Hacking a Serverless Application (Demo)

In order to demonstrate the security risks and implications of an insecure serverless application, we created an AWS Lambda application, which contains a vulnerability, and on top of that, we applied an over-permissive AWS IAM role to the function. The two security issues can be exploited in order to exfiltrate sensitive corporate data.

Vulnerable Serverless Application Architecture

Description of the serverless application:

  • This is an HR application for filtering candidate CVs
  • The application was developed in Python
  • It uses the following AWS cloud services:
    • AWS SES
    • AWS SNS
    • AWS Lambda
    • DynamoDB
    • S3 / CloudFront (used for the internal HR web interface)
  • The normal flow of the application:
    • Candidate sends a CV in PDF file format to the HR email address
    • AWS SES receives the email with the attachment
    • SES creates an SNS message containing the email and the attachment
    • SNS invokes the Lambda function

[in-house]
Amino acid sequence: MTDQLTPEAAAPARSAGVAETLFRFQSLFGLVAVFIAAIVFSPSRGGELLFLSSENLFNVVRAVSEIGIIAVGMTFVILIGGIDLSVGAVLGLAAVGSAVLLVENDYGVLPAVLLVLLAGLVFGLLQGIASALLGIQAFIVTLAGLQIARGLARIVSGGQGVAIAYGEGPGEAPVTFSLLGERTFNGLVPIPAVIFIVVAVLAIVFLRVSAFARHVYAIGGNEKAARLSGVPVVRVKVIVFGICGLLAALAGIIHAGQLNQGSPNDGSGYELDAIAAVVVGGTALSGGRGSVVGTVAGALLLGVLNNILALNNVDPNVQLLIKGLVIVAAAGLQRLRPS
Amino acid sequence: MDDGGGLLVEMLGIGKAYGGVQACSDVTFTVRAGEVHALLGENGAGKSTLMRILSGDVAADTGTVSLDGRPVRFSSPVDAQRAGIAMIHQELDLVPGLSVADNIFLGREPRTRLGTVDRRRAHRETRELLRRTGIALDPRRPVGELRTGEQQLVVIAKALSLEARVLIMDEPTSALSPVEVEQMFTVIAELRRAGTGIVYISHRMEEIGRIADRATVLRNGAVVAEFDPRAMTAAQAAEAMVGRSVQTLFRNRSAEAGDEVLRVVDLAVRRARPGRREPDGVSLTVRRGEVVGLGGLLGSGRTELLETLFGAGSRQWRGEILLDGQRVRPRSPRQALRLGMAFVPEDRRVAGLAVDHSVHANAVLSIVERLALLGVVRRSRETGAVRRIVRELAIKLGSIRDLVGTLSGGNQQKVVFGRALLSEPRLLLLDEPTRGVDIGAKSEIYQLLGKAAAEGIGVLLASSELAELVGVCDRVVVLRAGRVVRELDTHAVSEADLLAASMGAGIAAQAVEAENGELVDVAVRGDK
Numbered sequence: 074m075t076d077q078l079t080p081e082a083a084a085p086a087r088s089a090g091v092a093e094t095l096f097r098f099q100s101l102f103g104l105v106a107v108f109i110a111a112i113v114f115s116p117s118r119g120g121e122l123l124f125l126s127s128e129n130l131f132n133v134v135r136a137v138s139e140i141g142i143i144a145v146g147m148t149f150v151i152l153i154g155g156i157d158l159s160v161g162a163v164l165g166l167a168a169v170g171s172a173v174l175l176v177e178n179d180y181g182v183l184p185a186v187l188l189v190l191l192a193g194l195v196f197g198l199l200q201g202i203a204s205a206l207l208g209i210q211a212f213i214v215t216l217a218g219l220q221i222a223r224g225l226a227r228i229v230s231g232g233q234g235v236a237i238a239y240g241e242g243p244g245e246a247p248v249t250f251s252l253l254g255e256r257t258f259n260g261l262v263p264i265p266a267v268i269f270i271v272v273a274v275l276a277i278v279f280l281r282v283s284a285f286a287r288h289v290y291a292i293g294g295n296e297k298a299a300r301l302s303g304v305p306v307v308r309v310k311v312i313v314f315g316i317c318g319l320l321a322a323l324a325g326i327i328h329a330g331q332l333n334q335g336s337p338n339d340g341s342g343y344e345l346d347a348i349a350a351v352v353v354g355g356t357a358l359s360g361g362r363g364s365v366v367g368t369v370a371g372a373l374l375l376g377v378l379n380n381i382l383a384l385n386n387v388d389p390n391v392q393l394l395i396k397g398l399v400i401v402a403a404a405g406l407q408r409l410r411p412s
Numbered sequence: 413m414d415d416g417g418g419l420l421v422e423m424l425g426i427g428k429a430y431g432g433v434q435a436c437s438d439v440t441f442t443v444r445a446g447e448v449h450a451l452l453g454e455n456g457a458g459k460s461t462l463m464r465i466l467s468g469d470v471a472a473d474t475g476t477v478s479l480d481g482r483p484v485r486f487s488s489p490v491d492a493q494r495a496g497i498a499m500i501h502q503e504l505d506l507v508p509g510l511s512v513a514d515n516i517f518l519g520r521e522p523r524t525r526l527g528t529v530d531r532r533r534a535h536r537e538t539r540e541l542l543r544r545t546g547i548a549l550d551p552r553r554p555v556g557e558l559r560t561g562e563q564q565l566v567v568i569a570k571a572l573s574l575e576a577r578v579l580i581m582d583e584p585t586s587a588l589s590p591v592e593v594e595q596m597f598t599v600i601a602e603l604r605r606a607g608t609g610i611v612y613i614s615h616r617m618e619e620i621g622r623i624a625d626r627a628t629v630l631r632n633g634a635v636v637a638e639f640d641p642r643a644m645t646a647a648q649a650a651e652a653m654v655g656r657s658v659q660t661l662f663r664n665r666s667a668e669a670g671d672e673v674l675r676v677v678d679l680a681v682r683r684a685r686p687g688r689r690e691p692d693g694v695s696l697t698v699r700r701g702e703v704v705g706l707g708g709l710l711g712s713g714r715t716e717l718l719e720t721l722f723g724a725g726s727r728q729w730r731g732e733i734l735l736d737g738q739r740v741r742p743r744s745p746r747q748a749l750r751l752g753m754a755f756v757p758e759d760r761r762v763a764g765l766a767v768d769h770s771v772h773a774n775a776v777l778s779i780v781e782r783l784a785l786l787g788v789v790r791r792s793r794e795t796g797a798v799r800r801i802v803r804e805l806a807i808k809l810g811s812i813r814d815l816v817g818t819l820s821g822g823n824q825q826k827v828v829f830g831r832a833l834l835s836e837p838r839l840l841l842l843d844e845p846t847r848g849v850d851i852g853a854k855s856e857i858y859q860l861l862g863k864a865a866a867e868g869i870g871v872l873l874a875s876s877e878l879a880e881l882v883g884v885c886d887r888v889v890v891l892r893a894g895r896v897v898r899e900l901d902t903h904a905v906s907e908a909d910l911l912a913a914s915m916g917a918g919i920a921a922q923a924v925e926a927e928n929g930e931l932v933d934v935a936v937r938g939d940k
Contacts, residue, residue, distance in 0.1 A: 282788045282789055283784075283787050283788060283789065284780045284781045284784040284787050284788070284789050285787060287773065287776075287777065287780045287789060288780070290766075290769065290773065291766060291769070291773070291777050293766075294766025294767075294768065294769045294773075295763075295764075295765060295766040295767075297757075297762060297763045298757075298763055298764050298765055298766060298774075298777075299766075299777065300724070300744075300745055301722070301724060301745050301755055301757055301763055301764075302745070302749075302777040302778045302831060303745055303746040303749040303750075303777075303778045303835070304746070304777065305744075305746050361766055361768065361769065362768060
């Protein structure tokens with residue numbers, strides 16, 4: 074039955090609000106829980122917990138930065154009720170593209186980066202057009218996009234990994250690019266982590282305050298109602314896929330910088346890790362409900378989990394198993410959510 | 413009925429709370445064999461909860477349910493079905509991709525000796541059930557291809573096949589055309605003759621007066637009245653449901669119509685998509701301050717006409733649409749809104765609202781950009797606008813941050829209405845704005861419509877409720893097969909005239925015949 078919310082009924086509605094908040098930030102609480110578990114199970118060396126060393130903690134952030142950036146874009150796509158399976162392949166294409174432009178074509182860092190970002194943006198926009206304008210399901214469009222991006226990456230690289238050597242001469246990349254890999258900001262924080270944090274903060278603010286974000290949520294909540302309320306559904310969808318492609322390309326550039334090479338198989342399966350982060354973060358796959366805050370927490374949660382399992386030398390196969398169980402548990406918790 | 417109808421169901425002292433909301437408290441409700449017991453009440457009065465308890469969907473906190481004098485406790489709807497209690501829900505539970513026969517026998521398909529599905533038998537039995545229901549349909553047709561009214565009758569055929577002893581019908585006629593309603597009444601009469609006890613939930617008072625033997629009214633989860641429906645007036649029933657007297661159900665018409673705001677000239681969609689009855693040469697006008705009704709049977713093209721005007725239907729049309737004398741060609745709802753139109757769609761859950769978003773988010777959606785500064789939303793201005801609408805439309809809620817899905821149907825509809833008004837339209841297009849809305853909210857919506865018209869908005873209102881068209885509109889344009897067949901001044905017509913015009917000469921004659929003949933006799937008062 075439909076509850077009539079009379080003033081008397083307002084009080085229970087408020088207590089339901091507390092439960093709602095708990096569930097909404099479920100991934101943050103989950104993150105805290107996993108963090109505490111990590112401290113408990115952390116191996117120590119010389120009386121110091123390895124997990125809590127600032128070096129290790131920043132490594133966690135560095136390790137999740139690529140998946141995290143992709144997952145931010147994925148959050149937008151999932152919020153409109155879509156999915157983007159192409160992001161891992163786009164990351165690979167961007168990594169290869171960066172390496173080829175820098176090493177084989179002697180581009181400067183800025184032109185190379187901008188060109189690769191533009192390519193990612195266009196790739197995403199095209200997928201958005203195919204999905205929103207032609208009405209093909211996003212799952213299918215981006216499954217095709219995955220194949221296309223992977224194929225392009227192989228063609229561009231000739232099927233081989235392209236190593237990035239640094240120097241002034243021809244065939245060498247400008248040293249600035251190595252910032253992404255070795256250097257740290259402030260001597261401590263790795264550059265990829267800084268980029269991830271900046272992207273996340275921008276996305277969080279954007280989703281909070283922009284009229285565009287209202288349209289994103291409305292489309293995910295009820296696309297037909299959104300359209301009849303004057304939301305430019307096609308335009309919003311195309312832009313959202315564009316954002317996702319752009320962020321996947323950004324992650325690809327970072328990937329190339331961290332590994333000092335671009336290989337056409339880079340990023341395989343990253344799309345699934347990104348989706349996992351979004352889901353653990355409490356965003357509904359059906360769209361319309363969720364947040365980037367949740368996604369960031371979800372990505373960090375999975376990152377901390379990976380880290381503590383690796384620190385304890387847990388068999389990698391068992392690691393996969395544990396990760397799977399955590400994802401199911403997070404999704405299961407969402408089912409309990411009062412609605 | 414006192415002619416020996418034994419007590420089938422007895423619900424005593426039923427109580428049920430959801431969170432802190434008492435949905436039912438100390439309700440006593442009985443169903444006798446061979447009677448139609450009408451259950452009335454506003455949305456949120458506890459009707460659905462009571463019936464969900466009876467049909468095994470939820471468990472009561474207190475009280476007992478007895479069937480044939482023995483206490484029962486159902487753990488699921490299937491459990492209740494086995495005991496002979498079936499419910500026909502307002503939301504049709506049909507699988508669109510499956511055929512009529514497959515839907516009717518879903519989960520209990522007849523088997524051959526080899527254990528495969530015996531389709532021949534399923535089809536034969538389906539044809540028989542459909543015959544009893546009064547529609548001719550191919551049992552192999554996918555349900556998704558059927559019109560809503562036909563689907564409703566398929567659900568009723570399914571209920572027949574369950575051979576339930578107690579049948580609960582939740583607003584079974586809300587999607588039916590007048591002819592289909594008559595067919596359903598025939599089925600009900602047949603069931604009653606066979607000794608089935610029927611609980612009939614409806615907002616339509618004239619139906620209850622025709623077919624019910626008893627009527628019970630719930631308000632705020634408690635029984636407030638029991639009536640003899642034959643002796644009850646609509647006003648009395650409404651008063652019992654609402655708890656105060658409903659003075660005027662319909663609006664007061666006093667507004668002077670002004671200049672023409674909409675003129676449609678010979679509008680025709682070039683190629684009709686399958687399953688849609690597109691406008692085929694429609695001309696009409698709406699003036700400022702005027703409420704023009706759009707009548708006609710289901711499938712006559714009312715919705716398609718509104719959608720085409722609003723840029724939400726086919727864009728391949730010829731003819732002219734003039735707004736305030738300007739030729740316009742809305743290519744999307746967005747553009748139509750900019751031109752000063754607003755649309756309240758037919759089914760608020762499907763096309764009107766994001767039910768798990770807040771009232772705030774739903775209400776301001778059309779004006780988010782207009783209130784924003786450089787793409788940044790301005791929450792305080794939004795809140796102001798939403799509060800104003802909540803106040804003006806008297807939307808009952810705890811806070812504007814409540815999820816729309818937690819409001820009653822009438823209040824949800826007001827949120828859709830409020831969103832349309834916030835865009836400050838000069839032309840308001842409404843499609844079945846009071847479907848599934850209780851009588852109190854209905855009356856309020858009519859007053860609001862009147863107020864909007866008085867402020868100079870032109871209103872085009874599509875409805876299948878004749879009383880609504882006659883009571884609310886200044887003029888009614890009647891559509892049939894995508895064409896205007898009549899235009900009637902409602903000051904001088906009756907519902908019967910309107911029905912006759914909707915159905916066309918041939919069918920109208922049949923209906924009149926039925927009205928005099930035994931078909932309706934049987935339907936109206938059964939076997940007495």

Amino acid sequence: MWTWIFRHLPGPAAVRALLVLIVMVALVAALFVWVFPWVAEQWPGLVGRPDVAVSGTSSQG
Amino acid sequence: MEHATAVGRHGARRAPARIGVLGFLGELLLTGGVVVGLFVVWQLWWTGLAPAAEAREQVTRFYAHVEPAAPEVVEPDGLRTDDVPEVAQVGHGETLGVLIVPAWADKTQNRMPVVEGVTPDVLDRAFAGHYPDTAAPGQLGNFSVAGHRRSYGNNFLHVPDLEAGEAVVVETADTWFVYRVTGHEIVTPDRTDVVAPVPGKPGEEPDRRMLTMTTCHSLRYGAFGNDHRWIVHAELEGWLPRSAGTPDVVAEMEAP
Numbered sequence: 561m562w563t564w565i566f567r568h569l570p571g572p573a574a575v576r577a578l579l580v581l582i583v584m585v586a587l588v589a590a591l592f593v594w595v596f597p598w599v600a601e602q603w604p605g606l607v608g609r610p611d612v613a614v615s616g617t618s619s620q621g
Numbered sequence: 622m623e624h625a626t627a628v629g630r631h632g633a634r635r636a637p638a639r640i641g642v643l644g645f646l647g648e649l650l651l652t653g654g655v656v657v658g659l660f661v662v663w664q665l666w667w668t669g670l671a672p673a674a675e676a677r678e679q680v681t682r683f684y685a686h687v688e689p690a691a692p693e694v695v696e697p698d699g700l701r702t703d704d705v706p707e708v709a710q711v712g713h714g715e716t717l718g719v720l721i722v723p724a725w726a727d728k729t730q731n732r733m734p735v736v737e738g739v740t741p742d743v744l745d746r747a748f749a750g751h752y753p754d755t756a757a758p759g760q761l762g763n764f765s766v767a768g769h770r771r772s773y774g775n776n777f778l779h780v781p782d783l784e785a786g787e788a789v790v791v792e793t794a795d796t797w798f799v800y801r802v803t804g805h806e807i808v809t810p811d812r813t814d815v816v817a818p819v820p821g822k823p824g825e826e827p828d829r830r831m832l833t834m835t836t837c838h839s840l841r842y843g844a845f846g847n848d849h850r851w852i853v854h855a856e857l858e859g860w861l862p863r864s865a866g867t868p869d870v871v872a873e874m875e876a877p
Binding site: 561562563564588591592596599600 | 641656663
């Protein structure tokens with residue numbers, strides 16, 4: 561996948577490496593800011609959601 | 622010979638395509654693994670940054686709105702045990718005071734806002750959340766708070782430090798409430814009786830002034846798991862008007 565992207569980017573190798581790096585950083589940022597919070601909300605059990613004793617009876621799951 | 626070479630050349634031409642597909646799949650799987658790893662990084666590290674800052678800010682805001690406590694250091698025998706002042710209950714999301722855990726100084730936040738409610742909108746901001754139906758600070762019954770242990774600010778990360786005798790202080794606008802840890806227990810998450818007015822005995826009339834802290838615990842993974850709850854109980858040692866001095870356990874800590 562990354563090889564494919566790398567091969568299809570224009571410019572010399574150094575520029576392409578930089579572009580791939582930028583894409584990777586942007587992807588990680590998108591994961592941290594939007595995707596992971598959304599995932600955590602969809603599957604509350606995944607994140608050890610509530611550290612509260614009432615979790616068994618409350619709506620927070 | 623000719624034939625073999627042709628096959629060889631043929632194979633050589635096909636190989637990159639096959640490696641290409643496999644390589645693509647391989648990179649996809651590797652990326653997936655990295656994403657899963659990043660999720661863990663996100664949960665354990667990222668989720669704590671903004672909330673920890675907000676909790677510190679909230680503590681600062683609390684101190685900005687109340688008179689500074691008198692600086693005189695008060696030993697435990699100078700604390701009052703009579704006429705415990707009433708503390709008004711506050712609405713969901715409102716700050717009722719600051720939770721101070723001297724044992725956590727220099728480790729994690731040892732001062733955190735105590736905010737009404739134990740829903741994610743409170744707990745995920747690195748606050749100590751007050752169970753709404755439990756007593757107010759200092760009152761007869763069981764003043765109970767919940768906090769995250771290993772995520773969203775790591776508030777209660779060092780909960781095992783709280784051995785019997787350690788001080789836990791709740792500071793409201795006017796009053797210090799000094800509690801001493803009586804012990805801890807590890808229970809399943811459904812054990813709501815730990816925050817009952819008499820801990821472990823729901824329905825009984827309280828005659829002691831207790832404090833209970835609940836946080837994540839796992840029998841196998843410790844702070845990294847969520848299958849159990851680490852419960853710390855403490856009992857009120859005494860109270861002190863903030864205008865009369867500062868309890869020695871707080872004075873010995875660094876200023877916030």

• Lambda function calls a CLI executable to transform PDF to text <– remote code execution is possible through the PDF filename field in the SNS event data that triggers the Lambda function
    • Text is stored in a DynamoDB table for analysis (automatic check for candidate qualification)
    • A receipt email is sent back to the candidate 

The two security risks in this application are:

  1. Function event-data injection (allowing remote code execution): insecure usage of the PDF filename (a field in the SNS event which triggers the AWS Lambda function) during the call to the PDF-to-text CLI executable
  2. Over-privileged IAM role is assigned to the function: instead of limiting the function to only DynamoDB:PutItem, the function is granted DynamoDB:* . This eventually enables the attacker to use the DynamoDB:Scan action and exfiltrate data

The movie starts by demonstrating legitimate usage of the application, and then the entire process of attacking the serverless application, from the initial probing for a vulnerability, through the reconnaissance phase, and ending with data exfiltration. 

*** This is a Security Bloggers Network syndicated blog from PureSec Blog (Launch) authored by Ory Segal, PureSec CTO. Read the original post at: